The outside thermometer reads nine below zero this evening, and winter is firmly entrenched here. The lake is covered in a fresh blanket of snow, a stunning contrast to its more lively blue summer dress. And tonight, with only starlight and a crested moon shining upon it, the frozen tundra beckons.
For Robbie and me, the walk to our ice shanty on this silent and frigid night is a journey into the timeless void between heaven and earth.
Cold snow crunches beneath our feet and our breaths puff past our numbing lips (forming icicles on Robbie’s beard), as we trudge in silent anticipation. We reach the ice shanty, set out our chairs, and sit reclined to gaze up at the stars as we wait for the conversation to begin.
Very few people realize that lakes have something to say. But on this crystal clear and windless night, our lake finally begins to speak in a language as ancient as the earth itself. It is sometimes only a whispered snap or a muffled grunt, and sometimes it’s a long and deep and resonating moan. The lake is making ice – cracking, expanding, shifting. It is the sound of an awesome power that is capable of moving boulders and reshaping shorelines.
Our chairs gently quake as a fissure less than an inch wide splinters like frozen lightning for over a mile in several directions. And if we are lucky, and patient, we will hear the whistle of a crack reach shore with the force of a sonic boom. Houses hugging the lake will shiver on their foundations when this happens, startling the occupants – bringing a smile to seasoned lake-dwellers and panic to newcomers.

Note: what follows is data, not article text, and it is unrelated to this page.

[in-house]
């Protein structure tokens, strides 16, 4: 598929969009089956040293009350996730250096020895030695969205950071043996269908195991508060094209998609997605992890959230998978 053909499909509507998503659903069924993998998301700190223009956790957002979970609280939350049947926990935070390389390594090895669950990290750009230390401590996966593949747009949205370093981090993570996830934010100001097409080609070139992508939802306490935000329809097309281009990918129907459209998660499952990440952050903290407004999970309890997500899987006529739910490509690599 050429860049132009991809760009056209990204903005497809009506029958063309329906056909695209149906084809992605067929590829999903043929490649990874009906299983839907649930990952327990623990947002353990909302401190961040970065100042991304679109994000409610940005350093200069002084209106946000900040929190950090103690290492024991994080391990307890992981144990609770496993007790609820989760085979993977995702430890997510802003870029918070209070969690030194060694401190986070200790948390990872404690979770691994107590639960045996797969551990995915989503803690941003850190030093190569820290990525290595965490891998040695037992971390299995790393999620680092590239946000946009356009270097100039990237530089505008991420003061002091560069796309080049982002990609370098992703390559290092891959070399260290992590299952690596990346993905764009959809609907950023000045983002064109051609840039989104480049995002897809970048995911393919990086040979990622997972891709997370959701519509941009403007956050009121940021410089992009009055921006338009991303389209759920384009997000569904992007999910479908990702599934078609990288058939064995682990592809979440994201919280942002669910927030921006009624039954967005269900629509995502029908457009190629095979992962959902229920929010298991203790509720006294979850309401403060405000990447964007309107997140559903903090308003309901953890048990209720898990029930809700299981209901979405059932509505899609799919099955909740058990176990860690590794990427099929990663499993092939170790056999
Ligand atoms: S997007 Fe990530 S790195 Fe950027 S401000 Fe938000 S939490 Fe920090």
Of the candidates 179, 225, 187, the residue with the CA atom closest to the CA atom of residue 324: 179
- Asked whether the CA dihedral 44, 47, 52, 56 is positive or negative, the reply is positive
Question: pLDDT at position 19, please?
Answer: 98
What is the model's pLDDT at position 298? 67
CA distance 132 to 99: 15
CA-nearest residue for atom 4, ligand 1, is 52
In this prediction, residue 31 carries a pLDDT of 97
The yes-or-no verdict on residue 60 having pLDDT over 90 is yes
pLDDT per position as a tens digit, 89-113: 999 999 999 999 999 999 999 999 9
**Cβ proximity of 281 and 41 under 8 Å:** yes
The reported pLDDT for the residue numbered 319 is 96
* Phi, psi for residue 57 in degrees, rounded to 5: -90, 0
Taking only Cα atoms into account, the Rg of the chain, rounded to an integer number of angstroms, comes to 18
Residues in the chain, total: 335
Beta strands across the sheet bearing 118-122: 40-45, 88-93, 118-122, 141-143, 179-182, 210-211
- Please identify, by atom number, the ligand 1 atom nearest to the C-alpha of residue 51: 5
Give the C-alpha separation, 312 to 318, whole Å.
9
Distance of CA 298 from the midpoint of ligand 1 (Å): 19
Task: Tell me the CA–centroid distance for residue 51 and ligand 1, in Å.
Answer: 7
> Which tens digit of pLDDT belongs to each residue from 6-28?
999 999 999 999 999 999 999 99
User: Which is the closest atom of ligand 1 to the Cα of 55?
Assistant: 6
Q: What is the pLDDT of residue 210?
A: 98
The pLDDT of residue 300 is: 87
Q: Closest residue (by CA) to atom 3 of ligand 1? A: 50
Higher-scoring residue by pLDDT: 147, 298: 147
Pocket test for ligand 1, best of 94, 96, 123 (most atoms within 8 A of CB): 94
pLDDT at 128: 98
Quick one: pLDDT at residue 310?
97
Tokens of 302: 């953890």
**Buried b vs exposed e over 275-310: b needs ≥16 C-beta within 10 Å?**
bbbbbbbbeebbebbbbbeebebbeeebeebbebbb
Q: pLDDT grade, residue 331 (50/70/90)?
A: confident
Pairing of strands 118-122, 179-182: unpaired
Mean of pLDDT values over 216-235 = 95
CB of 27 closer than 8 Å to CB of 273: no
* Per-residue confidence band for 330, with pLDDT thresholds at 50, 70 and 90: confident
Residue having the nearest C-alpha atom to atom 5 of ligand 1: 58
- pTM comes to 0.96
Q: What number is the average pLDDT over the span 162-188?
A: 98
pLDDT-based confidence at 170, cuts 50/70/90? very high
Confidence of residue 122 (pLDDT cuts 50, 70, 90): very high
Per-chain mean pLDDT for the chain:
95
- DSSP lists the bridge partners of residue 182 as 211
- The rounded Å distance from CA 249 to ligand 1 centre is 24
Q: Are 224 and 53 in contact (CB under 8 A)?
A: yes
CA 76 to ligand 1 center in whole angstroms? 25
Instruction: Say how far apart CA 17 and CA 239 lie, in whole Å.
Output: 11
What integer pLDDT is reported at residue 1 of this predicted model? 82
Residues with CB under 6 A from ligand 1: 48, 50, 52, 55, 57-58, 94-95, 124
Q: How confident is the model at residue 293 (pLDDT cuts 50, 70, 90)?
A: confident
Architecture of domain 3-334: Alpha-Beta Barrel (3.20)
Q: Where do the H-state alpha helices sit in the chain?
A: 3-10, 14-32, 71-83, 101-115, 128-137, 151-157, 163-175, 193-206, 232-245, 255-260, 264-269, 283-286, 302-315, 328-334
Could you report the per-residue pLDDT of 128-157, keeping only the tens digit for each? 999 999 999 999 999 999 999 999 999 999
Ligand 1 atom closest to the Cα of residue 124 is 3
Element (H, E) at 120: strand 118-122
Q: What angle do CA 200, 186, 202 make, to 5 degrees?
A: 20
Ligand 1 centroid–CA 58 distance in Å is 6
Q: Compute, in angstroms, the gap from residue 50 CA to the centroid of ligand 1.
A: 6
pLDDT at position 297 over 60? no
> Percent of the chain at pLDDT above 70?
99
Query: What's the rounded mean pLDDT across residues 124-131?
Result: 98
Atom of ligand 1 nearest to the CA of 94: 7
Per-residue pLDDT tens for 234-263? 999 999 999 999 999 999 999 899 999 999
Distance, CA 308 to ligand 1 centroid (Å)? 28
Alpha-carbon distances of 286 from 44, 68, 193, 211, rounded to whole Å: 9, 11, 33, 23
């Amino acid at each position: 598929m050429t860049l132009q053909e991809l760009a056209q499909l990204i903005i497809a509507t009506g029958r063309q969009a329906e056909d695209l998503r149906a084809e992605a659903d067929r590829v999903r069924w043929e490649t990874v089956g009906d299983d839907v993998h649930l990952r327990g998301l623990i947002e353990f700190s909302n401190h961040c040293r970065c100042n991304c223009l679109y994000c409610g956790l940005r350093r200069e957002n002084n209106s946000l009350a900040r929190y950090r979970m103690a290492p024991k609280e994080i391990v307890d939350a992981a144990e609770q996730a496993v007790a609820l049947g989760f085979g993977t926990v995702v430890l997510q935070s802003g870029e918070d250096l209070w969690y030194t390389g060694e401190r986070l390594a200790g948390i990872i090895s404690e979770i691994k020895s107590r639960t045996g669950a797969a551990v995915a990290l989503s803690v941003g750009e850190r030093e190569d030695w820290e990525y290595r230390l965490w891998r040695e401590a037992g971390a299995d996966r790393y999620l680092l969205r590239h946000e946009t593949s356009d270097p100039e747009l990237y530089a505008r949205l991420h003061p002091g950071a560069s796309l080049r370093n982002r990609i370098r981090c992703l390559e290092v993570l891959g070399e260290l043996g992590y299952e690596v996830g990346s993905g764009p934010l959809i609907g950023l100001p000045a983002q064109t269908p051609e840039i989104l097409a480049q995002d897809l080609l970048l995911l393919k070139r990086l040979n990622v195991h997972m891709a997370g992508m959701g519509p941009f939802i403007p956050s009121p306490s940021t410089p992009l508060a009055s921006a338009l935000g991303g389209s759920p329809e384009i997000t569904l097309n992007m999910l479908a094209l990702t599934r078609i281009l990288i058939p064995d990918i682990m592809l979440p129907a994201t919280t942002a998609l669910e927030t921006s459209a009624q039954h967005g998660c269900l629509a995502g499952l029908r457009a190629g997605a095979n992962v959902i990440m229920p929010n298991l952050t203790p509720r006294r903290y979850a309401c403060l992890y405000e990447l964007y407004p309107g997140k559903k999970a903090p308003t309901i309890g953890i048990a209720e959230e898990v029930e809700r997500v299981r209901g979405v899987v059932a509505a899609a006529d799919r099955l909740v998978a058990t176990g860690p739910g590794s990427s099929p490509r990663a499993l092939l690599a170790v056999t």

I have often tried to describe the sound to others. It is as if I am standing above a pod of whales deep in conversation – gurgles, chatters, guttural pops, and lamenting groans echoing through the starlit night.
And we have been known to talk back, just as animated and feeling blessed to witness this gift. Growing up, our sons would – with mitten-muffled applause – encourage the more laudable booms and more violent ice-quakes. Friends visiting from away, dragged onto the ice on such an ungodly cold night, would run back to the house, shaking their heads, thinking us strange.
But how often do we have such conversations with Nature? What’s the point of living on a lake if we’re not willing to stop in for a visit on even the coldest of nights? Thick clothes and a thermos of hot cocoa are enough to ward off the chill, the sights and sounds and ice-quakes enough to warm our hearts.
This Christmas we set a small fir tree down by the lake and covered it with lights. It has stood there for over a month now, and we’re finding it impossible to turn off the power. Most Christmas lights are gone by the first week of January, but ours are still lit, still bringing a touch of warmth to the night. By Valentine’s Day, maybe, we’ll have the resolve to unplug the tree, when the days grow noticeably longer and the weather (hopefully) relaxes its grip. Until then our colorful ambassador will continue to soften the harsh edges of winter and welcome anyone searching for a conversation with Nature.
From a magically beautiful Maine…